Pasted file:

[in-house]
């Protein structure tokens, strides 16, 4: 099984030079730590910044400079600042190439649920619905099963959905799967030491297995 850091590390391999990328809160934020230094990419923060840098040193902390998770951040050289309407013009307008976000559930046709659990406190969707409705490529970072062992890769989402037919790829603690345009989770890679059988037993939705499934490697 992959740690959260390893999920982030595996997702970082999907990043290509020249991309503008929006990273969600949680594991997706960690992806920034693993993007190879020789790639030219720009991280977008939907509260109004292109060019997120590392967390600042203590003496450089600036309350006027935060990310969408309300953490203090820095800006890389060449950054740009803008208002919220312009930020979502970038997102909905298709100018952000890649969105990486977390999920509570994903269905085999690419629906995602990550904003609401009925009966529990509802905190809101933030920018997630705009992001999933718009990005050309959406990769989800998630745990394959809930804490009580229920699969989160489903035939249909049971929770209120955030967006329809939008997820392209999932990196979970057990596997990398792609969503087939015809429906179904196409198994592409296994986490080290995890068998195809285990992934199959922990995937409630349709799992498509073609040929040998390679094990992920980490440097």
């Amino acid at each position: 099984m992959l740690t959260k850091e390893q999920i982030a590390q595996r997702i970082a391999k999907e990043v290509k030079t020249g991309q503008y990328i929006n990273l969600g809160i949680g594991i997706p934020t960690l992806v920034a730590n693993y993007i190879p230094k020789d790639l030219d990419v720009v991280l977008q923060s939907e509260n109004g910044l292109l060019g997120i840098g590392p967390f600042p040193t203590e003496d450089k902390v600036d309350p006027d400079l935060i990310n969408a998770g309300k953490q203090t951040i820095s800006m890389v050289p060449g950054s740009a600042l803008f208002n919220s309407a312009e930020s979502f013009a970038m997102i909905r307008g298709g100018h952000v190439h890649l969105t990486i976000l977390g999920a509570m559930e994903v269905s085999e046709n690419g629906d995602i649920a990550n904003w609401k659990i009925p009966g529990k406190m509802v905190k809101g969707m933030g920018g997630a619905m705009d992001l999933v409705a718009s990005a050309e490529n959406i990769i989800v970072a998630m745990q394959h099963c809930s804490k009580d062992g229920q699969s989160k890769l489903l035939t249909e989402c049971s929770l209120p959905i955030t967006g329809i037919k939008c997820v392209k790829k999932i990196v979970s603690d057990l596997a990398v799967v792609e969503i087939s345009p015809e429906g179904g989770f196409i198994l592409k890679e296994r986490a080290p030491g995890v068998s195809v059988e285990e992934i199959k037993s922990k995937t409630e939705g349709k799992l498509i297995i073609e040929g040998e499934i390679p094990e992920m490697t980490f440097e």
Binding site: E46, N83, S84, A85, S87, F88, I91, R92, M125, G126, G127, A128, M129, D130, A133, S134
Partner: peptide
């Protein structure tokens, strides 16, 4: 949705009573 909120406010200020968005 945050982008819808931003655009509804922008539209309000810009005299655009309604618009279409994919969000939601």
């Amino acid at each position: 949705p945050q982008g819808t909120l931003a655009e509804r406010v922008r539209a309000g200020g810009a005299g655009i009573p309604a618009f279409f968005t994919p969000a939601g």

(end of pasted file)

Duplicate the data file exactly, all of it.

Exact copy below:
[in-house]
């Protein structure tokens, strides 16, 4: 099984030079730590910044400079600042190439649920619905099963959905799967030491297995 850091590390391999990328809160934020230094990419923060840098040193902390998770951040050289309407013009307008976000559930046709659990406190969707409705490529970072062992890769989402037919790829603690345009989770890679059988037993939705499934490697 992959740690959260390893999920982030595996997702970082999907990043290509020249991309503008929006990273969600949680594991997706960690992806920034693993993007190879020789790639030219720009991280977008939907509260109004292109060019997120590392967390600042203590003496450089600036309350006027935060990310969408309300953490203090820095800006890389060449950054740009803008208002919220312009930020979502970038997102909905298709100018952000890649969105990486977390999920509570994903269905085999690419629906995602990550904003609401009925009966529990509802905190809101933030920018997630705009992001999933718009990005050309959406990769989800998630745990394959809930804490009580229920699969989160489903035939249909049971929770209120955030967006329809939008997820392209999932990196979970057990596997990398792609969503087939015809429906179904196409198994592409296994986490080290995890068998195809285990992934199959922990995937409630349709799992498509073609040929040998390679094990992920980490440097």
């Amino acid at each position: 099984m992959l740690t959260k850091e390893q999920i982030a590390q595996r997702i970082a391999k999907e990043v290509k030079t020249g991309q503008y990328i929006n990273l969600g809160i949680g594991i997706p934020t960690l992806v920034a730590n693993y993007i190879p230094k020789d790639l030219d990419v720009v991280l977008q923060s939907e509260n109004g910044l292109l060019g997120i840098g590392p967390f600042p040193t203590e003496d450089k902390v600036d309350p006027d400079l935060i990310n969408a998770g309300k953490q203090t951040i820095s800006m890389v050289p060449g950054s740009a600042l803008f208002n919220s309407a312009e930020s979502f013009a970038m997102i909905r307008g298709g100018h952000v190439h890649l969105t990486i976000l977390g999920a509570m559930e994903v269905s085999e046709n690419g629906d995602i649920a990550n904003w609401k659990i009925p009966g529990k406190m509802v905190k809101g969707m933030g920018g997630a619905m705009d992001l999933v409705a718009s990005a050309e490529n959406i990769i989800v970072a998630m745990q394959h099963c809930s804490k009580d062992g229920q699969s989160k890769l489903l035939t249909e989402c049971s929770l209120p959905i955030t967006g329809i037919k939008c997820v392209k790829k999932i990196v979970s603690d057990l596997a990398v799967v792609e969503i087939s345009p015809e429906g179904g989770f196409i198994l592409k890679e296994r986490a080290p030491g995890v068998s195809v059988e285990e992934i199959k037993s922990k995937t409630e939705g349709k799992l498509i297995i073609e040929g040998e499934i390679p094990e992920m490697t980490f440097e």
Binding site: E46, N83, S84, A85, S87, F88, I91, R92, M125, G126, G127, A128, M129, D130, A133, S134
Partner: peptide
């Protein structure tokens, strides 16, 4: 949705009573 909120406010200020968005 945050982008819808931003655009509804922008539209309000810009005299655009309604618009279409994919969000939601």
């Amino acid at each position: 949705p945050q982008g819808t909120l931003a655009e509804r406010v922008r539209a309000g200020g810009a005299g655009i009573p309604a618009f279409f968005t994919p969000a939601g």